The GC application were carried out on a Varian 4000 GC/MS (Varian, Inc., USA) system consisted of 3800 gas chromatograph and 4000 Ion Trap MS detector. The column was a DB-5MS column (30 m × 0.25 mm × 0.25 µm; Agilent Technologies, USA). The GC oven was operated with the following temperature program: initial temperature 50 °C—3 °C min−1—100 °C—25 °C min−1—250 °C (5.0 min) for AA, initial temperature 60 °C (1.0 min)—6 °C min−1—190 °C (1 min)—30 °C min−1—280 °C (6.0 min) for 3-MCPD, and initial temperature 50 °C (1 min)—15 °C min−1—320 °C (6.0 min) for PAHs. Helium 5.0 (Linde Gas, Poland) was used as the GC carrier gas at a flow rate of 1.0 mL min−1. The autosampling injector was CP-1177 Split/Splitless Capillary Injector, with a temperature of 270 °C for PAHs, 180 °C for 3-MCPD, and 250 °C for AA, with the volume of 1.0 µL for all standards and samples. Each injection was repeated three times. The ion trap mass spectrometer was operated on the internal ionisation mode, scan from m/z 45 to 500. Analysis was conducted in the selected ion monitoring mode (SIM), based on the quantitative ions. Analysed compounds were identified according to their qualitative ions and retention times summarized in Table 1 for PAHs, PBA derivatives of 3-MCPD and BSTFA derivatives of AA. The trap and the transfer line temperatures were set at 180 and 230 °C, respectively, for all tested analytes. The analyses were carried out with the solvent delay of 7 min. The emission current of the ionisation filament was set at 15 µA. Acquisition and processing data were performed using Varian Star Workstation software and NIST 2.0 library (National Institute of Standards and Technology, Gaithersburg, Maryland, USA).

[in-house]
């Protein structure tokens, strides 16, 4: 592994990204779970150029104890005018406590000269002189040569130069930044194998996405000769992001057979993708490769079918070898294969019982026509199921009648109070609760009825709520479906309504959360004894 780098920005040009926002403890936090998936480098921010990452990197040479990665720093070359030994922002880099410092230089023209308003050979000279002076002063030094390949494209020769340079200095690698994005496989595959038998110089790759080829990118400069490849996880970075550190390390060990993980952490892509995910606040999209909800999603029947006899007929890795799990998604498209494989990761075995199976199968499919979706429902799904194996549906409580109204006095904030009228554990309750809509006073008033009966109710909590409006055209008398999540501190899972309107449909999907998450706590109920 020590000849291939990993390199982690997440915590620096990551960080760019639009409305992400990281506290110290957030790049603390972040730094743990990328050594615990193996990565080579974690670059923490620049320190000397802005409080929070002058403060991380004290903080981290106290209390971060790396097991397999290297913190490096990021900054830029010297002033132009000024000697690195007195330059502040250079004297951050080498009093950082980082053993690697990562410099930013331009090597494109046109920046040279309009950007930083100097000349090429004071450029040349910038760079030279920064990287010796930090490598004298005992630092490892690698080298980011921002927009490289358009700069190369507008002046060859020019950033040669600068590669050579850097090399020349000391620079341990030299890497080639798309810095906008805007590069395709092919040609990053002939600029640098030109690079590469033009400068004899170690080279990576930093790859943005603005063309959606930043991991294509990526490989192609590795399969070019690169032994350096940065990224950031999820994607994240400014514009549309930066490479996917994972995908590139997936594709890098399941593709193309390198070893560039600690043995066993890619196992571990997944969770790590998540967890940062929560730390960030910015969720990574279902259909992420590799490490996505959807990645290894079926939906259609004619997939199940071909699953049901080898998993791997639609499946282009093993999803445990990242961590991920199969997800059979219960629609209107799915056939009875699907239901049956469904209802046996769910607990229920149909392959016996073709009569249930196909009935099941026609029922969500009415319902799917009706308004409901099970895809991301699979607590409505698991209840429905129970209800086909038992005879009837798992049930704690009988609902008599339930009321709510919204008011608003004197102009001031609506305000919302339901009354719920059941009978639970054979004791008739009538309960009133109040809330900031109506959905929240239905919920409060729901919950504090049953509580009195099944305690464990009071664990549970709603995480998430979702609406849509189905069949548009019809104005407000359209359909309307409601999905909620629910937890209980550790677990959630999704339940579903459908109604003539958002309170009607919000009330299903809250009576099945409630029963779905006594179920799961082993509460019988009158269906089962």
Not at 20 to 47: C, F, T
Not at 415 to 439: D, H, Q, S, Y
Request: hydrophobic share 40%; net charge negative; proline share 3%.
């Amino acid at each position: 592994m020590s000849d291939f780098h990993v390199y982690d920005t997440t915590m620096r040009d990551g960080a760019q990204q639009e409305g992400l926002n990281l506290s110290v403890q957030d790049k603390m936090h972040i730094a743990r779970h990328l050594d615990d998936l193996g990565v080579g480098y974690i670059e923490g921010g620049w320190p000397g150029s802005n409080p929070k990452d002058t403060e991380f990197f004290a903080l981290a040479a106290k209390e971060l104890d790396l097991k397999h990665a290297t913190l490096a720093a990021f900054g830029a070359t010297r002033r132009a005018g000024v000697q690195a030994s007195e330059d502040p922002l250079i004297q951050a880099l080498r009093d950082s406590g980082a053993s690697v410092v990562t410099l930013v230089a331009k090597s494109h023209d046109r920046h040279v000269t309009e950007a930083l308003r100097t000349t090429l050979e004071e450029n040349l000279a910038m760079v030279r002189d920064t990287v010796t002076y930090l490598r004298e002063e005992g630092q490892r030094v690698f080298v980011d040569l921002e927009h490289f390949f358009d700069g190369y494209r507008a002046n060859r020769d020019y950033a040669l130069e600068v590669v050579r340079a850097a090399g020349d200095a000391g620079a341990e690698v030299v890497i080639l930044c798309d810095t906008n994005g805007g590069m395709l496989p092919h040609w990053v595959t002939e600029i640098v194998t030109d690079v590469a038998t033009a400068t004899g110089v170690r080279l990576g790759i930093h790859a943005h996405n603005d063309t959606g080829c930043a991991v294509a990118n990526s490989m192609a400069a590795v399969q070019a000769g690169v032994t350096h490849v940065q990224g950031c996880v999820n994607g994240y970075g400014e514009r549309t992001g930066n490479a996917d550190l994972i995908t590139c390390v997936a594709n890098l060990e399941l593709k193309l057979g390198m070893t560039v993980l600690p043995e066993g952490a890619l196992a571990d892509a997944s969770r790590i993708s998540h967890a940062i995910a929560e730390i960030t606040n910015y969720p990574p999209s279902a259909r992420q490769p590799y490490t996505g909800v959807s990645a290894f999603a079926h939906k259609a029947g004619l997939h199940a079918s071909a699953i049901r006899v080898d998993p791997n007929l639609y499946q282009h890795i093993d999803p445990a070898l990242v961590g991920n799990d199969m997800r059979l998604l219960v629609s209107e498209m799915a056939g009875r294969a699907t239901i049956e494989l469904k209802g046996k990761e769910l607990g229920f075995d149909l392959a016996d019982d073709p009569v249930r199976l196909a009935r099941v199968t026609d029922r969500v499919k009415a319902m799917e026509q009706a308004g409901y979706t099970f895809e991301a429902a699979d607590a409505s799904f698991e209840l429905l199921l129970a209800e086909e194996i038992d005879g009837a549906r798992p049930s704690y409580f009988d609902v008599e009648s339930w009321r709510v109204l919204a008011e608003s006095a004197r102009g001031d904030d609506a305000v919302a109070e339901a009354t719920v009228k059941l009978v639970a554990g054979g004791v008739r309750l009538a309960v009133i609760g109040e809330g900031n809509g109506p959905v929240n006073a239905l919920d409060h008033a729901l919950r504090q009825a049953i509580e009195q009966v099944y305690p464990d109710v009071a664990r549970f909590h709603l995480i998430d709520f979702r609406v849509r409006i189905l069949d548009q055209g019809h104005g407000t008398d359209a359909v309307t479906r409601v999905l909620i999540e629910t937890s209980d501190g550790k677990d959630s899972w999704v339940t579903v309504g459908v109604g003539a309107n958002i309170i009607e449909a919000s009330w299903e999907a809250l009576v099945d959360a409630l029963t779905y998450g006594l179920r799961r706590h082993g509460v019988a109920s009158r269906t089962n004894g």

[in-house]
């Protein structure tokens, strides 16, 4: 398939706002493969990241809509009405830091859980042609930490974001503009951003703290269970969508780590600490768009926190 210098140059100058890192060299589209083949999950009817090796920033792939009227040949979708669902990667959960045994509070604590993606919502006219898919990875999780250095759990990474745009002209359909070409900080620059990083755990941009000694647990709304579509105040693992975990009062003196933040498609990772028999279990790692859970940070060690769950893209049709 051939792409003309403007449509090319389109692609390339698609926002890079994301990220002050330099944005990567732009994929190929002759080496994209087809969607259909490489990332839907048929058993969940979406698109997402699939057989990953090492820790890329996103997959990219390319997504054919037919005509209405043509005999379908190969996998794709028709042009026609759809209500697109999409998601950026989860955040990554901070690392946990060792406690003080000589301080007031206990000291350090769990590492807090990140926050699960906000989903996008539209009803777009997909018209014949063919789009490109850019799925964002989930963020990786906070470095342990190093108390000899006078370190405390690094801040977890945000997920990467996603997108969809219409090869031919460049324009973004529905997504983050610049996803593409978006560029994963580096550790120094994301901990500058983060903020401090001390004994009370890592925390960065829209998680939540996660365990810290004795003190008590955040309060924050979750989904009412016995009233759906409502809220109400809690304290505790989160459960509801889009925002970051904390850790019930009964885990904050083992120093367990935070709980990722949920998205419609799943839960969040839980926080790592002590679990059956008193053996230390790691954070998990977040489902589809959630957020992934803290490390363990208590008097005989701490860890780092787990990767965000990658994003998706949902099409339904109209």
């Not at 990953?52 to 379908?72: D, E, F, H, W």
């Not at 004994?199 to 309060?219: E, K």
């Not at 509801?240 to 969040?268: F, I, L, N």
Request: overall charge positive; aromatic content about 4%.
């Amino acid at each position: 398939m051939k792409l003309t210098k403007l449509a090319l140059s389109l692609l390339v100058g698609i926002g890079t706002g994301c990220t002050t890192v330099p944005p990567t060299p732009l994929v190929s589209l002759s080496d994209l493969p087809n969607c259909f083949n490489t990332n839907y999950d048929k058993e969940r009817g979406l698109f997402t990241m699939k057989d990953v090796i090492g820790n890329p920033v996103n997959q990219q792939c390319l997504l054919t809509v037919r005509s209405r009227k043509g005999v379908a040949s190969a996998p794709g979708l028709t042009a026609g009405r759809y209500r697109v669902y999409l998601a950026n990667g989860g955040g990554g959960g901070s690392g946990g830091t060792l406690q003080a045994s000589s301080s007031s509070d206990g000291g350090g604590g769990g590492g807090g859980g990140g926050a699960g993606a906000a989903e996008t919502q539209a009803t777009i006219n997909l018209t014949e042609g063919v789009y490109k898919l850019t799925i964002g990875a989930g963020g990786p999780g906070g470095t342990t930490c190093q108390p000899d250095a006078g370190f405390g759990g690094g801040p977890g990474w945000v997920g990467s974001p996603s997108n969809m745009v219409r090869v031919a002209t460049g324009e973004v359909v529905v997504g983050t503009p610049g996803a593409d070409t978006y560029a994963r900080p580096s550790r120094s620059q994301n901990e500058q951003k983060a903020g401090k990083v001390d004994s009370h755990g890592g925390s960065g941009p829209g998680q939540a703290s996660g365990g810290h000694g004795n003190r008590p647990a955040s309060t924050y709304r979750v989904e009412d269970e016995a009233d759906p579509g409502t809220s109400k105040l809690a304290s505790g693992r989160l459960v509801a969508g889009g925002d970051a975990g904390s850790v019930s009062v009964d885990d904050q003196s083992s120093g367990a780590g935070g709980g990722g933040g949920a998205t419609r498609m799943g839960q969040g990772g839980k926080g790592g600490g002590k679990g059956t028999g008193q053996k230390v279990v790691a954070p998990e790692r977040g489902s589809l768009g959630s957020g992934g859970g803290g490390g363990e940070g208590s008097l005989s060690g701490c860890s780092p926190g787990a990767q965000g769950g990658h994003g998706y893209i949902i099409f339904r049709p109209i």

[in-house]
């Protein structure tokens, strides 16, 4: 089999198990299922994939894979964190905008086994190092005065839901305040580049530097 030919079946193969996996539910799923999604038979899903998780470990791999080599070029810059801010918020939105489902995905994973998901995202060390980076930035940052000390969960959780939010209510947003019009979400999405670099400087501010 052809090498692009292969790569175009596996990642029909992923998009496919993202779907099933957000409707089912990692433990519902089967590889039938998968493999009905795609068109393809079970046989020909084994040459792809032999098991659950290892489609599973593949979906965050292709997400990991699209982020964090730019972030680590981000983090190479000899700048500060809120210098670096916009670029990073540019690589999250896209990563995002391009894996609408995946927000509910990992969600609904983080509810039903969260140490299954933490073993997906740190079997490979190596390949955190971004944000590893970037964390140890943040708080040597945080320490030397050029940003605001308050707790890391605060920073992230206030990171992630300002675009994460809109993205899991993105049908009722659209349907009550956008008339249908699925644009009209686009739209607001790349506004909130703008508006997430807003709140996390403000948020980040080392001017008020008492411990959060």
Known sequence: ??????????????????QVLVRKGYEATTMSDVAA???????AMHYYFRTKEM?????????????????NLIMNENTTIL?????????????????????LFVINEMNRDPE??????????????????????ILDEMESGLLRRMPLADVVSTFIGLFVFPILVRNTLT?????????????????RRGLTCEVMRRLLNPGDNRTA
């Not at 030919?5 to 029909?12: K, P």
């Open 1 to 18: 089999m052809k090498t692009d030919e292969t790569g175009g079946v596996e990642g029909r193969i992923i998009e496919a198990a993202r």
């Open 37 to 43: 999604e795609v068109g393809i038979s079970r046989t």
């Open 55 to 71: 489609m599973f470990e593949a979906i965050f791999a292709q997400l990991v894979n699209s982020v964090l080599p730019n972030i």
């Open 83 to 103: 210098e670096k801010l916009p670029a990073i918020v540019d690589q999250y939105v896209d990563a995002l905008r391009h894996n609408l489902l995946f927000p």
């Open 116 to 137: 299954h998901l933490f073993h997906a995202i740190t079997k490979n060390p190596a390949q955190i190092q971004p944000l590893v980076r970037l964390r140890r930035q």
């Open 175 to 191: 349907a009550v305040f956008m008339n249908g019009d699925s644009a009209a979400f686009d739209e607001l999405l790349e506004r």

Table 1

Retention times and ions used in GC–MS analyses

R t

Compound

Quantification ion

Confirmation ions

PAHs

 9.66

Acenaphthylene

152.1

151.1, 151.3, 153.1

 10.76

Fluorene

166.1

164.1, 165.1, 165.3

 12.31

Phenanthrene

178.1

166.1, 178.2, 179.1

 12.36

Anthracene d10 (IS1)

188.0

188.1, 177.9, 189.2

 12.39

Anthracene

178.1

165.1, 178.2, 179.1

 14.59

Pyrene

202.1

200.1, 202.3, 203.1

 16.53

Benzo(a)anthracene

228.1

226.1, 228.3, 229.1